Abu Dhabi's first Indian Film Festival has been showing to packed audiences since it opened on Sunday.
Enthusiastic response to Indian film festival
ABU DHABI // Abu Dhabi's first Indian Film Festival, hosted by the Indian embassy and the Abu Dhabi Authority for Culture and Heritage, has been showing to packed audiences since it opened on Sunday. The 10-day festival features regional films as well as Bollywood productions and Emirati documentaries. All are being screened at the embassy.
"We are very thrilled with the results. There has been an excellent turnout," said Talmiz Ahmad, the Indian ambassador. Films such as Veer-Zaara and Jodhaa Akbar were shown to packed audiences, and many other art films were also well attended. Mr Ahmad said: "Whoever was there stayed till the end. The Indian community were exposed to films that were not in their personal language, and as a result, they were exposed to other aspects of Indian cinema."
However, Mr Ahmad said he hoped to attract more Emiratis to the screenings. "I would like to introduce Indian cinema to people who are not familiar with it. This is after all, a window to other cultures." A number of Indian directors and producers whose films are being showcased are visiting Abu Dhabi for the festival, including Yash Chopra, who runs one of Bollywood's biggest production houses and has been producing films for more than five decades. Mr Chopra directed Veer-Zaara, which showed on opening night.
"For a lot of them, even though they have been to Dubai many times before, this was their first visit to Abu Dhabi. They are very thrilled and we're talking about how to institutionalise the relationship," said Mr Ahmad. The directors are said to be keen to collaborate with Emirati producers and train Emirati youth in filmmaking. "I see this as a positive outcome of this development. This would make the team truly international filmmakers," Mr Ahmad said.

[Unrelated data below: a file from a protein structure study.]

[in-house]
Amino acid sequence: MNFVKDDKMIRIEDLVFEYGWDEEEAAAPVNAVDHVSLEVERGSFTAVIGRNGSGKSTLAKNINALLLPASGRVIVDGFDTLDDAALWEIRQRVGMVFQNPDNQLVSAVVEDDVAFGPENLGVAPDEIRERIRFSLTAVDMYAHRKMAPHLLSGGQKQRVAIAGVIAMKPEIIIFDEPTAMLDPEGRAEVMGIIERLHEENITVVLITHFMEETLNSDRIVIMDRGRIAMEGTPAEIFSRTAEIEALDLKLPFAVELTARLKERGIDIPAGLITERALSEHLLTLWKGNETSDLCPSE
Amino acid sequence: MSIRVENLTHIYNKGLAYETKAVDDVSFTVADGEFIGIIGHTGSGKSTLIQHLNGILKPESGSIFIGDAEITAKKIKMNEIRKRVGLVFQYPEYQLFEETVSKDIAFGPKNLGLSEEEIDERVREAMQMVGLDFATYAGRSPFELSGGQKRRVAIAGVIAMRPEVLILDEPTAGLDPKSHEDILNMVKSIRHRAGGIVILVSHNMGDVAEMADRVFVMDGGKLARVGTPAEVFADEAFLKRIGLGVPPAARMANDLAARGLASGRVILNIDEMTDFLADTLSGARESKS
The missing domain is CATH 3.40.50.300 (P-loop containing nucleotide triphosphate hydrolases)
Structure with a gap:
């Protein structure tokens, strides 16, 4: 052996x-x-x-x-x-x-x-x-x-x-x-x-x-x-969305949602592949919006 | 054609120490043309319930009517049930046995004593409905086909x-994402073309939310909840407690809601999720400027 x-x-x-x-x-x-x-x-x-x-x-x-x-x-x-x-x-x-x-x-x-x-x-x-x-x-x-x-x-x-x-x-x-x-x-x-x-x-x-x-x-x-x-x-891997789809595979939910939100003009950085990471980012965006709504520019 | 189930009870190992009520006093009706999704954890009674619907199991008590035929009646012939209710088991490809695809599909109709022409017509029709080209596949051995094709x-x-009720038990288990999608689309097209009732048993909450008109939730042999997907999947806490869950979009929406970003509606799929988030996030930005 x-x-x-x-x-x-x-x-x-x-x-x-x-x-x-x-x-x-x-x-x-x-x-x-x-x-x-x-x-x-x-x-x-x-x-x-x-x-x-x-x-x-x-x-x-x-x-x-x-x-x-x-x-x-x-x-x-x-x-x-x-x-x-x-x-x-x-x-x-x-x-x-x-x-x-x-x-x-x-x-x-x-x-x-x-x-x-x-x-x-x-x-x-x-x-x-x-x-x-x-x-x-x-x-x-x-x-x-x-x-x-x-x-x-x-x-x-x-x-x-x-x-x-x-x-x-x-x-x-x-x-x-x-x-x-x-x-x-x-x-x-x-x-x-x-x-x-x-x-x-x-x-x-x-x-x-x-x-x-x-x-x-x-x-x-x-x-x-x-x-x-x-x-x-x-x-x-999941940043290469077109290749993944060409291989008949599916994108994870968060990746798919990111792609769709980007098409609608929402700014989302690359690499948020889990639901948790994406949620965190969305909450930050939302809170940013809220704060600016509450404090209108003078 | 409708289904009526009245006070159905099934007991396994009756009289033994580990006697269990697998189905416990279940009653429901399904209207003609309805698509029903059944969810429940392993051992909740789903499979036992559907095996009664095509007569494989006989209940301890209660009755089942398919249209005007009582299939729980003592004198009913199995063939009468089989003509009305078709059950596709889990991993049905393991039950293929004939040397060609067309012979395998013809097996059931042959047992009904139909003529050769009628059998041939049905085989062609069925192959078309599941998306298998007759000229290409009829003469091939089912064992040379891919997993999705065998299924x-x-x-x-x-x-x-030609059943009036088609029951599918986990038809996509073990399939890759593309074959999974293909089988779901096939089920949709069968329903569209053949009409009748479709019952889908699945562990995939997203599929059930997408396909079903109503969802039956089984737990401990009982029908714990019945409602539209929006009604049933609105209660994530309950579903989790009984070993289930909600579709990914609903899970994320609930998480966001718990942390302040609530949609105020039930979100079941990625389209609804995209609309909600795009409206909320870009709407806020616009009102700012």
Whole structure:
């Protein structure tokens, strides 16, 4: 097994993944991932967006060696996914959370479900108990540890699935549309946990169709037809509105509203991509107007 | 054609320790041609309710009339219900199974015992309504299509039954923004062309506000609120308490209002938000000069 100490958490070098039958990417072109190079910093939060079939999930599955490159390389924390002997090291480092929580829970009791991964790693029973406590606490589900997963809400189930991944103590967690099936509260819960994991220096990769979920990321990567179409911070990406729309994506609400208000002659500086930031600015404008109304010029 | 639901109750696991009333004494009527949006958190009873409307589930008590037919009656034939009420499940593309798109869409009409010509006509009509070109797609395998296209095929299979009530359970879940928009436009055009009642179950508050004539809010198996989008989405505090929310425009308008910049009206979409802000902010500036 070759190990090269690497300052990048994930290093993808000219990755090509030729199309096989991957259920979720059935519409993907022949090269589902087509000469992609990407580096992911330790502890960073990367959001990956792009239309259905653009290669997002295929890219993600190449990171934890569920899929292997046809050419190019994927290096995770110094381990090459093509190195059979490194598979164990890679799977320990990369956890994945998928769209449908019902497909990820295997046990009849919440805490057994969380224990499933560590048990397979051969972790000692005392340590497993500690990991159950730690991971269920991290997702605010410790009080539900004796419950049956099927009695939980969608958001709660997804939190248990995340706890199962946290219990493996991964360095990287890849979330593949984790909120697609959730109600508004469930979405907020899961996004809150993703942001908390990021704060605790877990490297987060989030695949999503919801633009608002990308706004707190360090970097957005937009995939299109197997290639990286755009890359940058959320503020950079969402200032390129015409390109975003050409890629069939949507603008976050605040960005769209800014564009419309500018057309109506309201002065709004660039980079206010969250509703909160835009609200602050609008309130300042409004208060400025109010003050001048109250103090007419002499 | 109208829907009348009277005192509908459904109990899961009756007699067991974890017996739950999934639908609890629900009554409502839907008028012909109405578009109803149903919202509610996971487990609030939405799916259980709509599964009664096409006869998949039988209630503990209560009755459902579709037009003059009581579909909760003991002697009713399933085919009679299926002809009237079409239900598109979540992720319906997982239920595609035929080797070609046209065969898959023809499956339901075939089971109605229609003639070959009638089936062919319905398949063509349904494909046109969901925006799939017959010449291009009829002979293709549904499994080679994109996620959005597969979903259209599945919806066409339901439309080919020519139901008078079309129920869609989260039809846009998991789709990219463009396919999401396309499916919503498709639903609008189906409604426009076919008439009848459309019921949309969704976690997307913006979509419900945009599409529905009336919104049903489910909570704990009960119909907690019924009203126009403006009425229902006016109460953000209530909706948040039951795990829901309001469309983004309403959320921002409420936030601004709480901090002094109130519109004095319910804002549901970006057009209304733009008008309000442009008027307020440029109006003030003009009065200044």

Cultural figures from the UK, India and the UAE will gather over the weekend to host seminars on aspects of Indian cinema ranging from UK and Gulf audiences for Bollywood movies to the preferences of different audiences for the various kinds of Indian films. Sangeeta Datta, a writer and filmmaker who teaches at the Centre for Advanced Studies at the University of London, will talk about contemporary Bengali cinema on Friday, examining the legacy of Satyajit Ray, a renowned filmmaker who won an Oscar for lifetime achievement.
As part of her presentation, Ms Datta will discuss contemporary Bengali directors such as Rituparna Ghosh, who have worked with English scripts and Bollywood actors, while keeping the premise of their films firmly based in West Bengal. Rachel Dwyer, professor of Indian Cultures and Cinema at the School of Oriental and African Studies at London University, will challenge the notion that Indian cinema was "pure and without western influence" in its early form in the 1940s by pointing out the influence upon it of world literature and politics. @Email:firstname.lastname@example.org